Why the loser is the real winner

by Tan Wah Piow
The outcome of the 8 June 2017 General Election in the UK is written all over the faces of Theresa May, and her rival Jeremy Corbyn.
Many abroad expressed surprise, and fail to understand why the winner Theresa May looks like a loser, and conversely Corbyn and his supporters look like winners.
 Theresa May’s Conservative Party electorally won the most seats in Parliament, pulling in 1 million more votes than labour, winning 44% of the voter.  Although the Conservative is still the biggest Party in Parliament having won 318 seats, Theresa May was short by six seats to form a majority government. Almost all political commentators, with the exception of a few diehard Tory apologists, pointed their fingers at Theresa May as the clear loser, and applauded Corbyn and the Labour Party for the spectacular success of winning 262 seats, albeit 56 seats less than the Conservative.
The winner is the biggest loser, and this is the main story emerging out of this election because this snap election was called by the Prime Minister. It was her own gamble that failed. And failed disastrously.
When she announced the snap election 7 weeks ago, she had a majority of 12 seats in parliament, and was over 20 points ahead of Labour. She opportunistically seized the chance , hoping to win a landslide with majority estimated by some of up to 100 seats, and the opportunity to bury Labour Party for good as almost all commentators, especially those from the right wing of Labour led by Blair, were predicting the end of the Party under Corbyn.
Theresa May hoped to strengthen her position as Prime Minister before entering into negotiation with EU, and wanted a new mandate and a blank cheque. She ran a negative  campaign by contrasting herself as strong, robust, firm and competent against Corbyn, portrayed as weak, incompetent and chaotic. After 7 weeks, May lost 13 seats, while Labour increased its seats by 30. Theresa May emerged weaker, politically diminished, without a clear mandate and personally humiliated. By 4.30am on the following day, there was call for her resignation as Prime Minister from within her ranks.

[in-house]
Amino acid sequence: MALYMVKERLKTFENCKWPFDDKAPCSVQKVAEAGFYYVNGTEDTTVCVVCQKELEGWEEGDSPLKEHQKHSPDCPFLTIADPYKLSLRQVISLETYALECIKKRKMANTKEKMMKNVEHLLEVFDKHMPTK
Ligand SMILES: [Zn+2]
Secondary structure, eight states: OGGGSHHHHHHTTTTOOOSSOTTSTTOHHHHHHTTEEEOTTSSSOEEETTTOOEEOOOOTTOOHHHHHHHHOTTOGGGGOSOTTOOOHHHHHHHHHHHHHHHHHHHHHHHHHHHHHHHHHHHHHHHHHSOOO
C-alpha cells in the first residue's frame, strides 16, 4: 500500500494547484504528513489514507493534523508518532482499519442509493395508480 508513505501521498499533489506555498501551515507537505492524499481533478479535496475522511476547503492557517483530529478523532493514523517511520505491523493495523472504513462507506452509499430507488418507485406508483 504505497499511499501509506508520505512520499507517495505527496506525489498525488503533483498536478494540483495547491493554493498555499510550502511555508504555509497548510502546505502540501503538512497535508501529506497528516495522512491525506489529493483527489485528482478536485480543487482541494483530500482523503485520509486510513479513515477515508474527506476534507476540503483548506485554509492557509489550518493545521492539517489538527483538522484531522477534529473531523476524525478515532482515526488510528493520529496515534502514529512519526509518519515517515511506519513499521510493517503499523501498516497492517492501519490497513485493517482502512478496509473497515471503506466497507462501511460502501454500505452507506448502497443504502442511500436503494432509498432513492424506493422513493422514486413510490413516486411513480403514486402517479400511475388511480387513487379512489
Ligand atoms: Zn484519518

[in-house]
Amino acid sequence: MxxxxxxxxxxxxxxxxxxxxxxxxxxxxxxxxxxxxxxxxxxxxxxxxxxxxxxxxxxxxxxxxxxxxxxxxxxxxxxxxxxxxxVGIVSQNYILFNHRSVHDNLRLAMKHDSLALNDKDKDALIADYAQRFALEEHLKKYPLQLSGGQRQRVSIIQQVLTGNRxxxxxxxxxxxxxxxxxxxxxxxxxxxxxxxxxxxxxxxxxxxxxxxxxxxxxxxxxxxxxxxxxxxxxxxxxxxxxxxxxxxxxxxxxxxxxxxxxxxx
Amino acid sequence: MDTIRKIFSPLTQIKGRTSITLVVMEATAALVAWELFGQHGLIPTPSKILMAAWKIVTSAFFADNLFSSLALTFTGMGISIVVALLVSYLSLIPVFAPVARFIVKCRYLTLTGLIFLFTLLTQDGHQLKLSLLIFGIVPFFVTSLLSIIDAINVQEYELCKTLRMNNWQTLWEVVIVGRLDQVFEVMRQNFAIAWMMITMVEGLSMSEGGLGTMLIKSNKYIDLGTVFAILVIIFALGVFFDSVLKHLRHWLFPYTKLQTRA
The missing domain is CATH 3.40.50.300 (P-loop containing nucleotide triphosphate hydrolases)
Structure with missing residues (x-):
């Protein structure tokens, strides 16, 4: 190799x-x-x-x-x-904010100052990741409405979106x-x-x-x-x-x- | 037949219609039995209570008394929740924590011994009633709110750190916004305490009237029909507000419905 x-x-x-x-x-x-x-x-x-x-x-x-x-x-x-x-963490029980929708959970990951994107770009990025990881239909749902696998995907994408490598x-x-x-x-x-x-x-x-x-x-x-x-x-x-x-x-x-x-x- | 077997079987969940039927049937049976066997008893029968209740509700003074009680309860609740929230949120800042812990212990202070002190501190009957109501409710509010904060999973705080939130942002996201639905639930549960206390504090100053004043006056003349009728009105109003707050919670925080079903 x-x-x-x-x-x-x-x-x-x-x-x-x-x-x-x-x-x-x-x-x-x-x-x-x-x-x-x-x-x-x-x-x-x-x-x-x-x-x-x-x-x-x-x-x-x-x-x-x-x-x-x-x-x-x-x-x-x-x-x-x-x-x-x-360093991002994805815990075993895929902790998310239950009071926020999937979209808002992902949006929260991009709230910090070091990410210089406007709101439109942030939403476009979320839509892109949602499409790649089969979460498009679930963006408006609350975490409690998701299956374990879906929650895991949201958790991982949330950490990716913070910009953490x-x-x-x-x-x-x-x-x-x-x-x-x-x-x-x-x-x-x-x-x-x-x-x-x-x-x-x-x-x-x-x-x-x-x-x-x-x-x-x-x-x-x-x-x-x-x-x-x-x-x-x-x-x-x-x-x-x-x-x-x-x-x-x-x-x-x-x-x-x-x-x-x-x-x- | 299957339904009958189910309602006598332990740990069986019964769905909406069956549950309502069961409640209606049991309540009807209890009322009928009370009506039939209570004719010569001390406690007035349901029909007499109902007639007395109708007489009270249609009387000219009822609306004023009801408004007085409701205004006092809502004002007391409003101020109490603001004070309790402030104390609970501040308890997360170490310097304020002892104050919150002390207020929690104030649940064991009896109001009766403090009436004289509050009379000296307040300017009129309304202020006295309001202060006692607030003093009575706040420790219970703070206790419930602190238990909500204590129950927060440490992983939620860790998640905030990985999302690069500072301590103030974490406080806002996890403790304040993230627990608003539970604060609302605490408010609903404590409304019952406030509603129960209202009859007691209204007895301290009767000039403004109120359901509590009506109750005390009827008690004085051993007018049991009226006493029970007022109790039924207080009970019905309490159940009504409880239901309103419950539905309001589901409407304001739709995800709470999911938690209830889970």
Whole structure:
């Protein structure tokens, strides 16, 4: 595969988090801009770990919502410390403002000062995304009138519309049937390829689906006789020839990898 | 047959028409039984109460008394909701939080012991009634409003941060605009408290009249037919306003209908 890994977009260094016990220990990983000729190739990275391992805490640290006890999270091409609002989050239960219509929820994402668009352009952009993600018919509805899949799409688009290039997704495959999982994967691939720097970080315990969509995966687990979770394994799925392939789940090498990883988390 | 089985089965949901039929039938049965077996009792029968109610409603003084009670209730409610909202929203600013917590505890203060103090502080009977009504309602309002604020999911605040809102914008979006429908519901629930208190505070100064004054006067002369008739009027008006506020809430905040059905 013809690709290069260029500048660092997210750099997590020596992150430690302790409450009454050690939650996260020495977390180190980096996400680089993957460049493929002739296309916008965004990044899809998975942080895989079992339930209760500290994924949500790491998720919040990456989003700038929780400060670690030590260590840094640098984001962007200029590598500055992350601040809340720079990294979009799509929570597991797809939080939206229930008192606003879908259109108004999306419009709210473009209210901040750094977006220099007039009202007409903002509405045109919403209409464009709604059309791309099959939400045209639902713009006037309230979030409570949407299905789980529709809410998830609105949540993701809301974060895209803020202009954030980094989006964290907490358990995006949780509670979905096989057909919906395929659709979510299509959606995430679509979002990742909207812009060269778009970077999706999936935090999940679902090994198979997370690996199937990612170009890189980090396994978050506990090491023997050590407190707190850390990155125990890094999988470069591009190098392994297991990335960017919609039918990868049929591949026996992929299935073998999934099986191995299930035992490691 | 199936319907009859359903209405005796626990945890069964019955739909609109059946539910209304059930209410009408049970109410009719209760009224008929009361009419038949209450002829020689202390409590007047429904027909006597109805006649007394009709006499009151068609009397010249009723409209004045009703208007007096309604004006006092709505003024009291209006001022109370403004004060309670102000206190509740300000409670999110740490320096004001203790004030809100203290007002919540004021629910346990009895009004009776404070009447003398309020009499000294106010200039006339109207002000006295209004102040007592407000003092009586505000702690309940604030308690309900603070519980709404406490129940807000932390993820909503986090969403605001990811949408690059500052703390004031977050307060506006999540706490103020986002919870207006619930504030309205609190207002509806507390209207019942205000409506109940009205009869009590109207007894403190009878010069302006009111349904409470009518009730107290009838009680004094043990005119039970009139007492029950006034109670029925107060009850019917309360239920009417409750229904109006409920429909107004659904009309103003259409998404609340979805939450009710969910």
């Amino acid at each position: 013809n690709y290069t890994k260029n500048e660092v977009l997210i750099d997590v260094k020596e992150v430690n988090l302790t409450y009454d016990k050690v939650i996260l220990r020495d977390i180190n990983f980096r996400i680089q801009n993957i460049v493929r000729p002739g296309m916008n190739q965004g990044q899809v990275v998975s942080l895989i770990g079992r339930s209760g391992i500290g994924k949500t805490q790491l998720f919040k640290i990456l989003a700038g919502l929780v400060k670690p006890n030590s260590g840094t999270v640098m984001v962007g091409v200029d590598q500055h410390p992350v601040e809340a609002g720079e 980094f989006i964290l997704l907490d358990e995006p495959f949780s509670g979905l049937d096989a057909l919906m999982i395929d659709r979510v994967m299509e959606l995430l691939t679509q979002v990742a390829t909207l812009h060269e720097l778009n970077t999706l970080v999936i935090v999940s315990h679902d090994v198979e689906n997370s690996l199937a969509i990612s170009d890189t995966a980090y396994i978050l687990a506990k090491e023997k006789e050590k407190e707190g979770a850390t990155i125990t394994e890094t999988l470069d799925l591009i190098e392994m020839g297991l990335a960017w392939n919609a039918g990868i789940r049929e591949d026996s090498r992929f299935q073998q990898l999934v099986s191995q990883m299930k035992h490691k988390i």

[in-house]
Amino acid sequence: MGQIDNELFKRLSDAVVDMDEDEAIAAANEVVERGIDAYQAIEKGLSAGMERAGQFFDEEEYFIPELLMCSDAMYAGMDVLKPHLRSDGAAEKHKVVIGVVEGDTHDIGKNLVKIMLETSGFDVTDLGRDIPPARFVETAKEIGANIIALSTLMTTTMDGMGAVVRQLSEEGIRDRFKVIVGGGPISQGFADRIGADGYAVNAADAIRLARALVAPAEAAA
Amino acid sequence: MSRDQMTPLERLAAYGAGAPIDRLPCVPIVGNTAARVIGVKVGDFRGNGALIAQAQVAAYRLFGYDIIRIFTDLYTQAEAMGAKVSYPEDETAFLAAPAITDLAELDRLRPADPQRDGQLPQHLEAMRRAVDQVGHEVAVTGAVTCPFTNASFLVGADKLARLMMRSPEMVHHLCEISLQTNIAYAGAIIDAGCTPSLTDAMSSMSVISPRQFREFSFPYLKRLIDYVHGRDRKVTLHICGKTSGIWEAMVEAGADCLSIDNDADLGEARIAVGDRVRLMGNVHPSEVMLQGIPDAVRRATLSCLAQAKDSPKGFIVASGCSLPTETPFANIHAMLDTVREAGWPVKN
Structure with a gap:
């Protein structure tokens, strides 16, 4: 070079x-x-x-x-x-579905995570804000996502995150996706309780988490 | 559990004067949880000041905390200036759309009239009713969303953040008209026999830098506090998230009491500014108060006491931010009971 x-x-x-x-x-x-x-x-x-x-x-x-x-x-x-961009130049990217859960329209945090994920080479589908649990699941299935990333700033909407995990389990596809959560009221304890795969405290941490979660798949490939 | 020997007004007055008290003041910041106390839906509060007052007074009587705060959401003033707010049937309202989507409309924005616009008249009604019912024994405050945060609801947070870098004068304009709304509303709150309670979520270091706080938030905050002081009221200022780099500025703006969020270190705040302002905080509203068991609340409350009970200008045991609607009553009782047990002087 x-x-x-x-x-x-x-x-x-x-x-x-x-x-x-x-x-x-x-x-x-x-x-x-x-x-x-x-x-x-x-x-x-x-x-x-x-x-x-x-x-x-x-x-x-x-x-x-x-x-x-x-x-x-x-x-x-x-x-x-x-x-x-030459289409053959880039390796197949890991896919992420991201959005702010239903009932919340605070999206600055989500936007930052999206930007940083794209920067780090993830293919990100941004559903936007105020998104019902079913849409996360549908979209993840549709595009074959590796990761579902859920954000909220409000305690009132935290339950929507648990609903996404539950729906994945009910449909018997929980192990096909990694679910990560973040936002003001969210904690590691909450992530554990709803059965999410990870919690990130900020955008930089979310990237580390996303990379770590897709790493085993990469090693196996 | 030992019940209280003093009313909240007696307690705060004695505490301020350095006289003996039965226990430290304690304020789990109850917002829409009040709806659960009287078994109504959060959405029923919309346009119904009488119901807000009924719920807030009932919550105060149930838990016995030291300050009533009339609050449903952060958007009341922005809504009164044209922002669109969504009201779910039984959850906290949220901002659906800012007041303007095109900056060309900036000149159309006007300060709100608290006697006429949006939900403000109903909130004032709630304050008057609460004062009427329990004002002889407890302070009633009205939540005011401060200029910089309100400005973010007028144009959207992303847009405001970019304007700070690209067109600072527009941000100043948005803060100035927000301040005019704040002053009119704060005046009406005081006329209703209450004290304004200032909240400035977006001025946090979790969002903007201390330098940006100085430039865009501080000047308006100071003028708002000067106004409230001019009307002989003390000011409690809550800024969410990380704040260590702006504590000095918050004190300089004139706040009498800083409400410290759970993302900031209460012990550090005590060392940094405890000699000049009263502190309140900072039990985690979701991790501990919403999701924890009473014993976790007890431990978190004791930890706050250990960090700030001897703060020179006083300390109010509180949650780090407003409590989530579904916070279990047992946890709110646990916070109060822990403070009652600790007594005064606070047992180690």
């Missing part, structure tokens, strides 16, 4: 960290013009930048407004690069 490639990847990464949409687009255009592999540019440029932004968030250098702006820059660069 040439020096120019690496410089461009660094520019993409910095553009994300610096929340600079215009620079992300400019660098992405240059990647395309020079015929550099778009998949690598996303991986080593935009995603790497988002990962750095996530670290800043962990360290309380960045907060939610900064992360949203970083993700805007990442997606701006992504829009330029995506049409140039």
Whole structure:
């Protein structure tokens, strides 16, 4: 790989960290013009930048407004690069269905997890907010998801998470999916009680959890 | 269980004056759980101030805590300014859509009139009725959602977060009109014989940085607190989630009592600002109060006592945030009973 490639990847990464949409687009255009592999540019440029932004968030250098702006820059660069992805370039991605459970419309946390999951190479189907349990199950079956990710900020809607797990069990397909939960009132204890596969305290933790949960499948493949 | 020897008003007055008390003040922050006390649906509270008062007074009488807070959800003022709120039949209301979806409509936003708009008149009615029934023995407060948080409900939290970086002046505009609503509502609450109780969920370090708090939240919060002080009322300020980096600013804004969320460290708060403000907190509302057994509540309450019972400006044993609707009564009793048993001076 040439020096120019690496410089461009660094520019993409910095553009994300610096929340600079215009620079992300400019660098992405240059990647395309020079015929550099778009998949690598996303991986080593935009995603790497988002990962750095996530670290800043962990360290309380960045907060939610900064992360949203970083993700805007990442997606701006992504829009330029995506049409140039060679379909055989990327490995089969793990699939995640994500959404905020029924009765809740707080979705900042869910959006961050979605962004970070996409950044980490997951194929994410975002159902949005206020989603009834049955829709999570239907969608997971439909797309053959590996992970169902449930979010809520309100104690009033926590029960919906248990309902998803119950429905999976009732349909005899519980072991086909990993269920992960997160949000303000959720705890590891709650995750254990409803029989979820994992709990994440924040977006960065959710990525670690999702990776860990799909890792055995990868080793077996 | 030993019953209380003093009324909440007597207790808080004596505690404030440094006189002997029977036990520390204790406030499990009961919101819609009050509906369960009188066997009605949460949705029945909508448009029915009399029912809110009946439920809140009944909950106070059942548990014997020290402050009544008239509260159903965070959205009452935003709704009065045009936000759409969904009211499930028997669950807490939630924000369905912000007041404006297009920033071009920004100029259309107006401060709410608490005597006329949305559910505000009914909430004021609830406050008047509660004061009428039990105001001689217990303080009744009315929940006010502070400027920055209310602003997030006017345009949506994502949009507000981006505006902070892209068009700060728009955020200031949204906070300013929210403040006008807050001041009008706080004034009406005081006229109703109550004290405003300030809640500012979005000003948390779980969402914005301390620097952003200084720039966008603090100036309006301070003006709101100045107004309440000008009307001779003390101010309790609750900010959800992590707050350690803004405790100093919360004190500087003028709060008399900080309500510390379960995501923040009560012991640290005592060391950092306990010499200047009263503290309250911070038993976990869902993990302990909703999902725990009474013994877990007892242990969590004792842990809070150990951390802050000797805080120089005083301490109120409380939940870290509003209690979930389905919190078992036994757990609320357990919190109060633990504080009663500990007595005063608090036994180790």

Like the vast majority of Labour members and supporters, I feel like a winner even though my local candidate was not elected. At the last election, our candidate polled 10,000 votes, while the conservative had 40,000. At this election, labour increased its support  in my constituency by 6000, and Conservative candidate reduced his share  by about 10.000. Every Labour Party supporter in the huge counting hall felt the same, even our candidate. We did not expect to win in Pinner which does not have a Labour MP since 1954. We were electrified by the resurrection of Labour! This trend is repeated all over the country, and spectacularly in Canterbury East where for the first time in a century, a Labour candidate was elected. It’s dubbed by the BBC as the new Canterbury Tales of the unexpected. Such a surprise surge of support is experienced everywhere in the country.
The real story in this election is that despite campaigning on an ideologically left wing manifesto,  Labour’s support grew. Corbyn did not try to mimic the right to make Labour marketable. The Labour Party campaigned on a manifesto to end austerity, argued for nationalisation of rail and key infrastructure, increase funding for The National Health Service, ending zero hours, getting rid of tuition fees, raising taxes on the rich, and promised to transform the economy to serve the many, not the few.
Despite being demonised daily for the past two years not just by Murdoch’s press, by the Conservatives and Labour’s right, Corbyn managed to inspire  the youth, brought new hopes, and got them out to campaign and to vote. This was a decisive factor in many places especially in University towns.
A new generation of voters has emerged, the youth is our future.
Meanwhile, many from Labour who had criticised Corbyn are out on television acknowledging his virtues as energetic, and a great campaigner. When asked last night on Question Time whether he would have produce the same manifesto as Corbyn did, Alistair Campbell the chief spinner of the Blair years, and one of Corbyn’s high profile critic replied – we are in a very different time now with all the austerity, “I voted for it”.
The Labour family is hopefully coming home, refreshed. And Corbyn is becoming Prime Ministerial. He is now wearing a smart navy blue suit, and fresh white starched shirt. Commentators noted that Theresa May wore 50 different pair of shoes during the past 7 weeks, but Corbyn wore the same pair by black leather shoe throughout.